Trees can take up to three years to become fully established. These first three years are the most critical and when we can influence their overall health the most. We have another Tree planting guide here, so we won’t cover that. This guide will cover what happens after planting and the best practices for the first few years.
February is an important month of the year for your trees. This is the month you will take care of your heavy pruning. How/what to prune is covered in other articles so I won’t go into that here. Just know, this is the time of year you will want to do it. You want to prune early in the season because the trees are still in dormancy and haven’t started moving stored energy from the roots, back into the tree. If you prune later and the tree has started waking up, we are removing those nutrients. Pruning before this will assure there is enough energy for the tree to push new growth.
March – May
During the spring months, you won’t have to do much. If you have planted your tree in these months, you will want to water once a week. When watering, soak the area for around 20 to 30 minutes. If it is a larger tree you may want to water even longer. I really wouldn’t recommend watering more than this, overwatering will cause just as many problems as under watering. This is also the time of year I recommend using Zamzows Thrive. Trees are soaking up a lot of water and food during these months and having Thrive in the soil for them will keep all that growth healthy and green. It will also help your trees begin to recover from any winter damage or stress. If you couldn’t get to pruning in February you can do it now, just less than you would have.
June – August
These will be some of the most stressful months for newly planted trees, even in years two and three. Watering during this time of year can be increased to two and then three times a week if needed. Water for the same amount of time as you did in the spring.
>**Caution:** If your tree looks a little wilty, don’t assume it needs more water. If there is too much water in the soil it can begin to wilt as well. Use a hand trowel and dig down about six inches a few feet from the trunk. Take note of how wet the soil is and adjust accordingly.
Pruning during these months should be kept to a minimum. Pruning out dead or damaged branches, or branches that are getting in your way are fine and can be done whenever. If your tree is showing signs of leaf scorch or seems stressed it may be helpful to apply Thrive again. My best advice for this time of year, “Don’t be Hasty.” Don’t try to do too much. There comes a point where you just need to let your tree do its thing. Watching your tree struggle is difficult, and we always want to do more for them. Sometimes doing less, is more.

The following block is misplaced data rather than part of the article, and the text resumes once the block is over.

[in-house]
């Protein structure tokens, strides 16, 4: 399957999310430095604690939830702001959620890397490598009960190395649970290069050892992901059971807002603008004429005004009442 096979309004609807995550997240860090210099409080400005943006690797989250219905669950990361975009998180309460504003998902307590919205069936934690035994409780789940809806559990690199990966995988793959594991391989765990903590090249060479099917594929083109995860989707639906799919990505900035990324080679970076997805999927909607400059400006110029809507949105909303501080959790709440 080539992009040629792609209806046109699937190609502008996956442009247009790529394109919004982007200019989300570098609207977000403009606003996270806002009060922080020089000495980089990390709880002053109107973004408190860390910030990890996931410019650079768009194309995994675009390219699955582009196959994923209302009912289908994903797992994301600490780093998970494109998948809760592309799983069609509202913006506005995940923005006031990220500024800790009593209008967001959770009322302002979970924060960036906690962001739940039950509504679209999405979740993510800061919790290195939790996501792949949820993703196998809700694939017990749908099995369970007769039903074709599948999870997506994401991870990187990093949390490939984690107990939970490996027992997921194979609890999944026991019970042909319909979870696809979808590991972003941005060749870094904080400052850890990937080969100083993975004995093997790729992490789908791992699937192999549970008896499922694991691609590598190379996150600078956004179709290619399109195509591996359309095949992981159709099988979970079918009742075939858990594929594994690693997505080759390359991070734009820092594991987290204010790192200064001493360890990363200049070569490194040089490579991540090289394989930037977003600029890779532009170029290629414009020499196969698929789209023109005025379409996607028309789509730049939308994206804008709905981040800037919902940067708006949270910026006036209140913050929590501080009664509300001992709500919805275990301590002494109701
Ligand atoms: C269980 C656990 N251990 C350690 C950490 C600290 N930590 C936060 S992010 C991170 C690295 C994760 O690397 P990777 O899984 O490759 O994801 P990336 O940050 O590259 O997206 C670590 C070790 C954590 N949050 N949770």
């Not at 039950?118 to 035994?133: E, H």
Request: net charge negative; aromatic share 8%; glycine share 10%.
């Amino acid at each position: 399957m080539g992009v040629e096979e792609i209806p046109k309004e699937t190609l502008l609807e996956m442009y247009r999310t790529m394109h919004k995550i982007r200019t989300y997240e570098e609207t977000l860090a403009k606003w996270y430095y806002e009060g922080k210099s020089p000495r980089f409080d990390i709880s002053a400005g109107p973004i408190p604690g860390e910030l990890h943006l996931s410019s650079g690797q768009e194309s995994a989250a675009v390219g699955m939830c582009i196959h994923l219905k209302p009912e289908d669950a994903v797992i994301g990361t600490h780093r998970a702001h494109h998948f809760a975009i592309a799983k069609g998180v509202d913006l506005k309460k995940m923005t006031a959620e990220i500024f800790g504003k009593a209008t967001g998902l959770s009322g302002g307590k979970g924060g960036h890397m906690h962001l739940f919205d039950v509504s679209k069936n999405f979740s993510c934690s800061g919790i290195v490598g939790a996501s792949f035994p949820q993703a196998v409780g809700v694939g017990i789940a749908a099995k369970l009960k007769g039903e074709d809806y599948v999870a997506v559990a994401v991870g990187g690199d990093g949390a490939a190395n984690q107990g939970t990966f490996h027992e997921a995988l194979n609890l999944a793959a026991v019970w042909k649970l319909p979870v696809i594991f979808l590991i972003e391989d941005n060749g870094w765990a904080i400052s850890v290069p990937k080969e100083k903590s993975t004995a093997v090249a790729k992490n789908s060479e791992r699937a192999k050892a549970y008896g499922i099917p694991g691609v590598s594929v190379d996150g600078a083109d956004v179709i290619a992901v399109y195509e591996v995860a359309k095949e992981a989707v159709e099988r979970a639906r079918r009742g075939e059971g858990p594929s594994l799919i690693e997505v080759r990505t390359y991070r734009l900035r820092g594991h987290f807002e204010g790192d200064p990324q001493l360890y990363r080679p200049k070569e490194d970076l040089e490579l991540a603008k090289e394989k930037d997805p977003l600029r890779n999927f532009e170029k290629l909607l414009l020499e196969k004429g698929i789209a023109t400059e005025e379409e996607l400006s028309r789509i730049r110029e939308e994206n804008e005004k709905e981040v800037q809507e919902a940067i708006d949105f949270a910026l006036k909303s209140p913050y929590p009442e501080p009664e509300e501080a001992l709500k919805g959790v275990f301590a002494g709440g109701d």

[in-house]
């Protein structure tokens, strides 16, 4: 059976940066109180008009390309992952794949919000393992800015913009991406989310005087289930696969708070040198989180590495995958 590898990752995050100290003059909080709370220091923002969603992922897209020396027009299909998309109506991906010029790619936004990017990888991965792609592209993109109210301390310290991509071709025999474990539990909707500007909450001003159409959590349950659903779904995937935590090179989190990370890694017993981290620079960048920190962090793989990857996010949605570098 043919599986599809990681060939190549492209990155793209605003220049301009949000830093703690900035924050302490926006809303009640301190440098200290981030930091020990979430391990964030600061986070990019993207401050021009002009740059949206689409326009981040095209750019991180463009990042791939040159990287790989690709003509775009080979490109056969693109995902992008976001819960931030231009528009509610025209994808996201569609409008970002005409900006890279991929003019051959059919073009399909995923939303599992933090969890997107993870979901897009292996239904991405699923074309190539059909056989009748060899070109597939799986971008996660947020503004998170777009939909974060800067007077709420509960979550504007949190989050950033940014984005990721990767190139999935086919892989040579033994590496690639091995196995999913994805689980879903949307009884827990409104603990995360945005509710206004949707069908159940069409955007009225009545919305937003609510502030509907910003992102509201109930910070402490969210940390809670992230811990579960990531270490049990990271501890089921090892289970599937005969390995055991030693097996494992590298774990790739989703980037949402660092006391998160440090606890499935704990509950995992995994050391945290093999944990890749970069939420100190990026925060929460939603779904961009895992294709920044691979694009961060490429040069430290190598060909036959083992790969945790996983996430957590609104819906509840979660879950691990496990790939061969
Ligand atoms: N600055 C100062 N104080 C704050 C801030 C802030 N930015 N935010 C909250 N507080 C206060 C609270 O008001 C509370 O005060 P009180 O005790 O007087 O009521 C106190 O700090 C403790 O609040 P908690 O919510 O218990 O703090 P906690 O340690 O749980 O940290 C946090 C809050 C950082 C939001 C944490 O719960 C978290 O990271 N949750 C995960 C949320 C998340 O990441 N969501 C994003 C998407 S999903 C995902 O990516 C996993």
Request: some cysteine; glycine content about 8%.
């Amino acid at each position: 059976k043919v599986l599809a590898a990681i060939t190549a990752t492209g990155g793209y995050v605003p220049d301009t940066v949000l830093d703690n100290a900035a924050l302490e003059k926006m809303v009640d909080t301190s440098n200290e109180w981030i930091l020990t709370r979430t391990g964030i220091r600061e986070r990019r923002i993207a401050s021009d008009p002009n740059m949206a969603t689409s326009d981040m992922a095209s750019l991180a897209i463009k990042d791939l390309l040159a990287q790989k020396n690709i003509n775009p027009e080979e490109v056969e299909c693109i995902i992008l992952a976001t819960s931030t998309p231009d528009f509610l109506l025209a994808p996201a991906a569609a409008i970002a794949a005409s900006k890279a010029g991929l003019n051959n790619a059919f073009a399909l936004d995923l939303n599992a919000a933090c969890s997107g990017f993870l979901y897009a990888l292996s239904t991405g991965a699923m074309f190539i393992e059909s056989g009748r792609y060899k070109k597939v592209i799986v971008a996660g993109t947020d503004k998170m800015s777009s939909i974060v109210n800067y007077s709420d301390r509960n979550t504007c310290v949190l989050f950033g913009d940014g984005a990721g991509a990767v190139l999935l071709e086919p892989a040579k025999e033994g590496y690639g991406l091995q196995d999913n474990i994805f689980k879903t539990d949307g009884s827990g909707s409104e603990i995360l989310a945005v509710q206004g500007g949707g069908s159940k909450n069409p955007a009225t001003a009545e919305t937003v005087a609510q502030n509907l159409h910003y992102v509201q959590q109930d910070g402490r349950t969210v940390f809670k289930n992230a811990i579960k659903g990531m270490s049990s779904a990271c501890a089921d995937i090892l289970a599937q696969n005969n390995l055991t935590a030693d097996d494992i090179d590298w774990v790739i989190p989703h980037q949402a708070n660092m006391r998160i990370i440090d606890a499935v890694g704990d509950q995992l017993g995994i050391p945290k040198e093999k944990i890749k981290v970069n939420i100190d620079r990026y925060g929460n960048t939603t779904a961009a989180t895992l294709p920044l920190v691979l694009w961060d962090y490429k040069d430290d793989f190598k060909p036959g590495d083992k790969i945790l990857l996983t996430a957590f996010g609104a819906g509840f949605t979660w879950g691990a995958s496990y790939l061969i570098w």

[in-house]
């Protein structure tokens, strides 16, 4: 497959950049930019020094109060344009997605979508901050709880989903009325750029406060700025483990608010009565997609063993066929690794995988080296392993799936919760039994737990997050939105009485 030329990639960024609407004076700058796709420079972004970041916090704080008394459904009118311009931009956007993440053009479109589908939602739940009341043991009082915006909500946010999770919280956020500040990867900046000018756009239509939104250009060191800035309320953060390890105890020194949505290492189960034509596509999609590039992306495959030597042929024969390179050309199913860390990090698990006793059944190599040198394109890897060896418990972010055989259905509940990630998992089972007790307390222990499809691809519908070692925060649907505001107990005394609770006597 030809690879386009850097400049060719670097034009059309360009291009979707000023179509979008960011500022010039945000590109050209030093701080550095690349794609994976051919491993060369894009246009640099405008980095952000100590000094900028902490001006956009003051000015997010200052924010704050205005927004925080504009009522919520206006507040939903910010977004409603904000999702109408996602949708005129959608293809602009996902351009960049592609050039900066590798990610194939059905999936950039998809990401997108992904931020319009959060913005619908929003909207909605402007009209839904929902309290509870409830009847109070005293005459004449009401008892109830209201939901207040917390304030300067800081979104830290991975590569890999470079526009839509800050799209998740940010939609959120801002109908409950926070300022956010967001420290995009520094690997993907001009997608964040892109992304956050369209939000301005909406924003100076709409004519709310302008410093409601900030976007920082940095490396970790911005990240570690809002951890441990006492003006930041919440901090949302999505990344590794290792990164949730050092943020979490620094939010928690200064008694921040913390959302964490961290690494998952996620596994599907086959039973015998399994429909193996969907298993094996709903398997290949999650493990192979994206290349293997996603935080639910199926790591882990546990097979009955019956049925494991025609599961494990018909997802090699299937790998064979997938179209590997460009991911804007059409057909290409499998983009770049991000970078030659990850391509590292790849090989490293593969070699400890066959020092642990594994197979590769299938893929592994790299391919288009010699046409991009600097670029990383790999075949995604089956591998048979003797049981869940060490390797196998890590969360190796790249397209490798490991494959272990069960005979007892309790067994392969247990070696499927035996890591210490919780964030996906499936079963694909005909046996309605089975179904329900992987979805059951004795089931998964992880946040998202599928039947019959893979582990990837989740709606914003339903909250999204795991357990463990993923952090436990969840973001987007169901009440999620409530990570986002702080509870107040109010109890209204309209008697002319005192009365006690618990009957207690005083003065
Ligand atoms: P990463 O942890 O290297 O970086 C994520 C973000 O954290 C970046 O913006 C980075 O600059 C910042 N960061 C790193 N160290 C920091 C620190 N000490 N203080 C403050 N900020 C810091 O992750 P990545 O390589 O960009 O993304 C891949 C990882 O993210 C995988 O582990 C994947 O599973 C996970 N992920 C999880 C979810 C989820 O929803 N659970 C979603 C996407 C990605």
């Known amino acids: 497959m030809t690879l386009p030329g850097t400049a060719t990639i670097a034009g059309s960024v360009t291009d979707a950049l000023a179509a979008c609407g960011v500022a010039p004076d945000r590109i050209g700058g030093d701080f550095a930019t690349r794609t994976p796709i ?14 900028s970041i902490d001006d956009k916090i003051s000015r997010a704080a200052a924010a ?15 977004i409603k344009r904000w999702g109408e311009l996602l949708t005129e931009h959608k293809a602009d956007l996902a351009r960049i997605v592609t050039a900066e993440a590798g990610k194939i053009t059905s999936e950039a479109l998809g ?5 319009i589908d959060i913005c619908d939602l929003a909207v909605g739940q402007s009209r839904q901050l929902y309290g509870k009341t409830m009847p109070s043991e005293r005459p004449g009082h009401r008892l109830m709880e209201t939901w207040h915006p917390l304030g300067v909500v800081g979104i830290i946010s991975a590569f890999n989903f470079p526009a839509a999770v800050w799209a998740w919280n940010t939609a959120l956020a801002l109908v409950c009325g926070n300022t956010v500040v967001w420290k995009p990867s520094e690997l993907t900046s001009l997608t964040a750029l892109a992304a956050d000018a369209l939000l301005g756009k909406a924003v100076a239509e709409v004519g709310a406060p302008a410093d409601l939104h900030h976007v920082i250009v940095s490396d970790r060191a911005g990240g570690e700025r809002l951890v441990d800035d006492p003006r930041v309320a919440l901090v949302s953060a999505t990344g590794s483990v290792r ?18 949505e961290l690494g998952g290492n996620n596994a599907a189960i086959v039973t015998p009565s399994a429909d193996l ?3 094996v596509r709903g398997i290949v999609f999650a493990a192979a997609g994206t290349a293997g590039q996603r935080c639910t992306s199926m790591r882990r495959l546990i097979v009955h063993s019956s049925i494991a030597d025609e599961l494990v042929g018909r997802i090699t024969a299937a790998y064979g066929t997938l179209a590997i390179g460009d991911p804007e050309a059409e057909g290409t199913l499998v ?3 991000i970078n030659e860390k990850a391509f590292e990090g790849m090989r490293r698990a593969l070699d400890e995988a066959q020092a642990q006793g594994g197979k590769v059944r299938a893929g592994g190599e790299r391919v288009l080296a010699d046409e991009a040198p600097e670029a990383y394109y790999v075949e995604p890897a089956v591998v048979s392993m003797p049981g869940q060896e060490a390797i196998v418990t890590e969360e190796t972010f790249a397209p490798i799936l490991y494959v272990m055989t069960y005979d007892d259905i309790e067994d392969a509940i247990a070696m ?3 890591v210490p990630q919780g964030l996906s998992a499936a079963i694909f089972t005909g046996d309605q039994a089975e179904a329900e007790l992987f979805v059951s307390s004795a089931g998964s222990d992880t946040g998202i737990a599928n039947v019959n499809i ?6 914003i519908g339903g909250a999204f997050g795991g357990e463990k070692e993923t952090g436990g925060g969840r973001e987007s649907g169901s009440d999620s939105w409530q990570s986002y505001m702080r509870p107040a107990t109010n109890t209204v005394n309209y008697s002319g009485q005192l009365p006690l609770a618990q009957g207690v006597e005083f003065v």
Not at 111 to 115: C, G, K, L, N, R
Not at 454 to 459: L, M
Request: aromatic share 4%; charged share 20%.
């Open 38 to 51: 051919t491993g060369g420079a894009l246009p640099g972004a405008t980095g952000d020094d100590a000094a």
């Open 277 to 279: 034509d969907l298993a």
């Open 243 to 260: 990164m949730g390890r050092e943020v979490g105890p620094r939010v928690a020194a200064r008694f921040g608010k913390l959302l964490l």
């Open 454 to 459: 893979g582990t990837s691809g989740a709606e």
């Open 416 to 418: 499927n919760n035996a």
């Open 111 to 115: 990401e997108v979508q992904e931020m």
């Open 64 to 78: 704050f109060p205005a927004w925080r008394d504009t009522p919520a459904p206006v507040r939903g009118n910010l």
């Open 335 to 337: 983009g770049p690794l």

Sept – November
As we approach fall, adjust your watering schedule again. The amount of time you water will remain consistent, however, begin reducing the number of days as the temperatures fall. You will also want to think about getting your trees ready for dormancy. One last application of Thrive will give your trees an extra boost of nutrients to store during the winter. If you have had or want to prevent bugs, this is the time to apply Zamzows Systemic Insecticide. This application will prevent Borers and Aphids all the way until the next fall. As the leaves begin to fall it is a good idea to gather them up, especially if you have been dealing with any fungus. Once our irrigation water is turned off, watch for any prolonged dry spells. If we end up going for a few weeks without rain and the temperatures rise, you will want to water them a few more times. The last thing you want is to have a drought stressed tree go into a freezing winter.
December – January
There isn’t a whole lot to do this time of year for your trees, however, there is one thing I want to address. Many evergreen trees can suffer from what is called winter desiccation. This is caused by freezing soil and relatively high ambient air temperatures. Dry winds will essentially freeze dry the leaves and cause a lot of leaf burn and needle loss. Cedar trees suffer the most, however, any evergreen can suffer from this. If possible, getting a little bit of water under these trees can help tremendously. It will only take a few gallons as the trees don’t need much just enough to keep the leaves hydrated.
Once your trees are established they won’t need much from us. A feeding every now and then, some water if it gets crazy hot. Really though, trees have been around for a long time and they can get by without us just fine.